To Martha Jefferson Randolph
Washington June. 25. 1801.
My dear Martha
Your’s of the 19. came to hand yesterday. as it says nothing of your health I presume all are well. I recieved yesterday also a letter from Maria of the 18th. she was then well & preparing to go to Eppington, and in about 4. weeks expected to set out for Albemarle. mr Eppes was engaged in his harvest much obstructed by rain, & regretting he had not before deposited Maria at Monticello. I hope she will get there safe. tho’ it is yet more than a month before I can set out for the same destination, yet I begin with pleasure to make memorandums, lay by what is to be carried there &c &c . for the pleasure of thinking of it, of looking forward to the moment when we shall be all there together. amidst the havoc made by the hailstorm in Albemarle I think myself well off to have had only two windows demolished. I should have expected my large panes of glass would have broken easily. I inclose a little story for Anne as I have sometimes done before. tell Ellen as soon as she can read them, I will select some beautiful ones for her. they shall be black, red, yellow, green & of all sorts of colours. I suppose you have had cucumbers & raspberries long ago. neither are yet at market here, tho some private gardens have furnished them. present me affectionately to mr Randolph who I suppose is now busy in his harvest. I rejoice at the prospect of price for wheat, & hope he will be able to take the benefit of the early market. if his own threshing machine is not ready, he is free to send for mine, which is in order & may expedite his getting out. kiss the little ones for me & be assured of my constant & tenderest love.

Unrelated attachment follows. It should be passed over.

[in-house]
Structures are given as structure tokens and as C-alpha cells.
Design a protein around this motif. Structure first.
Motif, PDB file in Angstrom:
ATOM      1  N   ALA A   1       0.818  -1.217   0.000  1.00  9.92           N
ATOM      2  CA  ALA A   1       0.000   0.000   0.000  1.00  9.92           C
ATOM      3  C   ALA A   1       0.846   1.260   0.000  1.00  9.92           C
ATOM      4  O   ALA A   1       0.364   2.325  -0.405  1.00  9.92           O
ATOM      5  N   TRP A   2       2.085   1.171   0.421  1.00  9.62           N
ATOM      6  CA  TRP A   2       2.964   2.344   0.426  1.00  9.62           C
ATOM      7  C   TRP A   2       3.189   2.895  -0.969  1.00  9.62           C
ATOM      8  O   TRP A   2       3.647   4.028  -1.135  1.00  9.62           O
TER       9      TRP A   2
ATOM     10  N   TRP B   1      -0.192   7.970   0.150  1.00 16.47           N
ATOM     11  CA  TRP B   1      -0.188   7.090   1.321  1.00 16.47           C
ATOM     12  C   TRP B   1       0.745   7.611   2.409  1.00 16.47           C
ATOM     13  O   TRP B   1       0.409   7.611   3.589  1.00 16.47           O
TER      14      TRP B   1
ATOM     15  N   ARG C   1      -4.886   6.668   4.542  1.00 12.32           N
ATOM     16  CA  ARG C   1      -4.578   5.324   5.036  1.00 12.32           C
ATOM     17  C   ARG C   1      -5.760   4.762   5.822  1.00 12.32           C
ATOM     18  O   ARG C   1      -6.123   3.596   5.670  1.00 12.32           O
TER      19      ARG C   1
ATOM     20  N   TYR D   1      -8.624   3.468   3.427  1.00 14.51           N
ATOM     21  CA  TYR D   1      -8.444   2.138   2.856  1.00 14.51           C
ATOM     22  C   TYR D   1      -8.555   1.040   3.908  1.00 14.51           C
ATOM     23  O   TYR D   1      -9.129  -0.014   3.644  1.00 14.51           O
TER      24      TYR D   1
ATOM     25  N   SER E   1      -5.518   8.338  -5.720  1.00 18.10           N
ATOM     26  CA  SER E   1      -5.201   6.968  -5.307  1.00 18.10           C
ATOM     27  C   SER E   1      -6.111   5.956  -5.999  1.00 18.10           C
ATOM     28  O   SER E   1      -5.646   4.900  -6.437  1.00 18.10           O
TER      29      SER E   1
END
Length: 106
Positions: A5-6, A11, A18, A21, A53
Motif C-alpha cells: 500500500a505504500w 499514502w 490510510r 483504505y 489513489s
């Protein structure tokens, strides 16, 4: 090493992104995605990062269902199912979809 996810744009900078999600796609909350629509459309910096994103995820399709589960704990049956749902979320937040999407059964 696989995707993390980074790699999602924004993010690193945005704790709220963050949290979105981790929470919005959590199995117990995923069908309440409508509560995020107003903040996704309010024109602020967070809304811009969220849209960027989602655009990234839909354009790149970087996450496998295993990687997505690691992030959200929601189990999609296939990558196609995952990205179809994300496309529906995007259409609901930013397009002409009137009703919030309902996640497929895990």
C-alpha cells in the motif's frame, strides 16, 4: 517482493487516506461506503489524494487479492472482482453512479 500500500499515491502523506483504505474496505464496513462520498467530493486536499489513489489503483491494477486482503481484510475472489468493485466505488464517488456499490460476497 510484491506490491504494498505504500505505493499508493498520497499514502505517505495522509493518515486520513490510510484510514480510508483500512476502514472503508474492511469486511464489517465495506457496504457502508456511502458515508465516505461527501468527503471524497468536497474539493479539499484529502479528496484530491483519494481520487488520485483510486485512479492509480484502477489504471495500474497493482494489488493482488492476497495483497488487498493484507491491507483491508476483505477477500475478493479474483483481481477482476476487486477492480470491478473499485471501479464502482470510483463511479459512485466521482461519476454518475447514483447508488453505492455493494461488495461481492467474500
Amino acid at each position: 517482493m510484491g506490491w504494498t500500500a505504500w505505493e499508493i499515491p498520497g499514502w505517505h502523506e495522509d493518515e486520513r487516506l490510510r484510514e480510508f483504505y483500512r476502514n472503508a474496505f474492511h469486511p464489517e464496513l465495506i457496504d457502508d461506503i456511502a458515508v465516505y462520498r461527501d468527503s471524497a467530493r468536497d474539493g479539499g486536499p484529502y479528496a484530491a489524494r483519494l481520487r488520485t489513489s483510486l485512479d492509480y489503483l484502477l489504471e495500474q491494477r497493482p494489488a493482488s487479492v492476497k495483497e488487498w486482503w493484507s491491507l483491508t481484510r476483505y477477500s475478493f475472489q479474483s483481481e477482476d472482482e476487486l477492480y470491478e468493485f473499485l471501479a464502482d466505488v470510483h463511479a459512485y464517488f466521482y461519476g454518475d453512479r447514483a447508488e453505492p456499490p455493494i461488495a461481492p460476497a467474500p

RC (NNPM); at foot of text: “Mrs. Martha Randolph.” PrC (ViU: Edgehill-Randolph Papers); endorsed by TJ in ink on verso. Enclosure not found.